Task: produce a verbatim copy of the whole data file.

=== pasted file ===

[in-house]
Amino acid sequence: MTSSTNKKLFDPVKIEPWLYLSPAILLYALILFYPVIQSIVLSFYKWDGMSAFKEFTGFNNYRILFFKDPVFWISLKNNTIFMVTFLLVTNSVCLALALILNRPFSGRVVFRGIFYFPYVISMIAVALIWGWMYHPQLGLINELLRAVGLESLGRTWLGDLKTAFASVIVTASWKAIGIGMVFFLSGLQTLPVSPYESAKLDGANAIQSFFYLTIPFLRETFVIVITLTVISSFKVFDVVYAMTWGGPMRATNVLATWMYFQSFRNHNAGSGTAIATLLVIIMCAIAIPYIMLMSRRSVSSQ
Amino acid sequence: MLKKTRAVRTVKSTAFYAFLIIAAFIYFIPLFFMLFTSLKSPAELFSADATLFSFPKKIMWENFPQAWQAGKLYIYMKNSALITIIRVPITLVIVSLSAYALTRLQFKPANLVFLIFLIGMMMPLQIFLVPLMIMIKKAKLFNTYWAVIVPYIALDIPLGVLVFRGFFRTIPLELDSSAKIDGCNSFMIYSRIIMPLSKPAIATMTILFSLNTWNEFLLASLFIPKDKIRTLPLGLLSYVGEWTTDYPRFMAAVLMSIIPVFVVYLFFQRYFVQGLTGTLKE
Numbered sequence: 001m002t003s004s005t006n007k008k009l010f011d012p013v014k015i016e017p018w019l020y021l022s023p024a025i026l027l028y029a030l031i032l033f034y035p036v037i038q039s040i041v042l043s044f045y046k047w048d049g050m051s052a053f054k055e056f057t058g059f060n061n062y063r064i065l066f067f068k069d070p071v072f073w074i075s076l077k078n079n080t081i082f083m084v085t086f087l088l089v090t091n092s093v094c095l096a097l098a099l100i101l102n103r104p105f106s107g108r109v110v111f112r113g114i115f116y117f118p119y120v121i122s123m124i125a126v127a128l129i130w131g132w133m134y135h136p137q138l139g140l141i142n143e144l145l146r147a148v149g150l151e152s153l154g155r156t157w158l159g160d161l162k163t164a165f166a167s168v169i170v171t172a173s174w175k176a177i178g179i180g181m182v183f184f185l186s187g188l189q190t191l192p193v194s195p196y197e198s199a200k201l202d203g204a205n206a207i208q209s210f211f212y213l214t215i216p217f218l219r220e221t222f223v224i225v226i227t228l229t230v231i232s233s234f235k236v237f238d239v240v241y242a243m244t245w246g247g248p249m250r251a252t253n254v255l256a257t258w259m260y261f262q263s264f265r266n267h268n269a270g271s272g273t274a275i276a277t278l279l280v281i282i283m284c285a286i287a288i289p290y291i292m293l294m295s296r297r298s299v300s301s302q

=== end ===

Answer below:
[in-house]
Amino acid sequence: MTSSTNKKLFDPVKIEPWLYLSPAILLYALILFYPVIQSIVLSFYKWDGMSAFKEFTGFNNYRILFFKDPVFWISLKNNTIFMVTFLLVTNSVCLALALILNRPFSGRVVFRGIFYFPYVISMIAVALIWGWMYHPQLGLINELLRAVGLESLGRTWLGDLKTAFASVIVTASWKAIGIGMVFFLSGLQTLPVSPYESAKLDGANAIQSFFYLTIPFLRETFVIVITLTVISSFKVFDVVYAMTWGGPMRATNVLATWMYFQSFRNHNAGSGTAIATLLVIIMCAIAIPYIMLMSRRSVSSQ
Amino acid sequence: MLKKTRAVRTVKSTAFYAFLIIAAFIYFIPLFFMLFTSLKSPAELFSADATLFSFPKKIMWENFPQAWQAGKLYIYMKNSALITIIRVPITLVIVSLSAYALTRLQFKPANLVFLIFLIGMMMPLQIFLVPLMIMIKKAKLFNTYWAVIVPYIALDIPLGVLVFRGFFRTIPLELDSSAKIDGCNSFMIYSRIIMPLSKPAIATMTILFSLNTWNEFLLASLFIPKDKIRTLPLGLLSYVGEWTTDYPRFMAAVLMSIIPVFVVYLFFQRYFVQGLTGTLKE
Numbered sequence: 001m002t003s004s005t006n007k008k009l010f011d012p013v014k015i016e017p018w019l020y021l022s023p024a025i026l027l028y029a030l031i032l033f034y035p036v037i038q039s040i041v042l043s044f045y046k047w048d049g050m051s052a053f054k055e056f057t058g059f060n061n062y063r064i065l066f067f068k069d070p071v072f073w074i075s076l077k078n079n080t081i082f083m084v085t086f087l088l089v090t091n092s093v094c095l096a097l098a099l100i101l102n103r104p105f106s107g108r109v110v111f112r113g114i115f116y117f118p119y120v121i122s123m124i125a126v127a128l129i130w131g132w133m134y135h136p137q138l139g140l141i142n143e144l145l146r147a148v149g150l151e152s153l154g155r156t157w158l159g160d161l162k163t164a165f166a167s168v169i170v171t172a173s174w175k176a177i178g179i180g181m182v183f184f185l186s187g188l189q190t191l192p193v194s195p196y197e198s199a200k201l202d203g204a205n206a207i208q209s210f211f212y213l214t215i216p217f218l219r220e221t222f223v224i225v226i227t228l229t230v231i232s233s234f235k236v237f238d239v240v241y242a243m244t245w246g247g248p249m250r251a252t253n254v255l256a257t258w259m260y261f262q263s264f265r266n267h268n269a270g271s272g273t274a275i276a277t278l279l280v281i282i283m284c285a286i287a288i289p290y291i292m293l294m295s296r297r298s299v300s301s302q